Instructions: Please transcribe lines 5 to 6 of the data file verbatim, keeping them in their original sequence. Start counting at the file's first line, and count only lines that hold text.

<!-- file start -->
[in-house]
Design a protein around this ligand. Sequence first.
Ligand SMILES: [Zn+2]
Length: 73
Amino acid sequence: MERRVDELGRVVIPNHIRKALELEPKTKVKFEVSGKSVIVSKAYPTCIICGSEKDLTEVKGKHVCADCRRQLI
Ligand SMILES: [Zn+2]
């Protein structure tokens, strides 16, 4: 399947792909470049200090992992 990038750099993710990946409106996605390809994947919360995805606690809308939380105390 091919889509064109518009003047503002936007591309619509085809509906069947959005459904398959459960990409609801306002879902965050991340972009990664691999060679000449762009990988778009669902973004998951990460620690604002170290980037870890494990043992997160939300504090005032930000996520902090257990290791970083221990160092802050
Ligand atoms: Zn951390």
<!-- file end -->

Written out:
Amino acid sequence: MERRVDELGRVVIPNHIRKALELEPKTKVKFEVSGKSVIVSKAYPTCIICGSEKDLTEVKGKHVCADCRRQLI
Ligand SMILES: [Zn+2]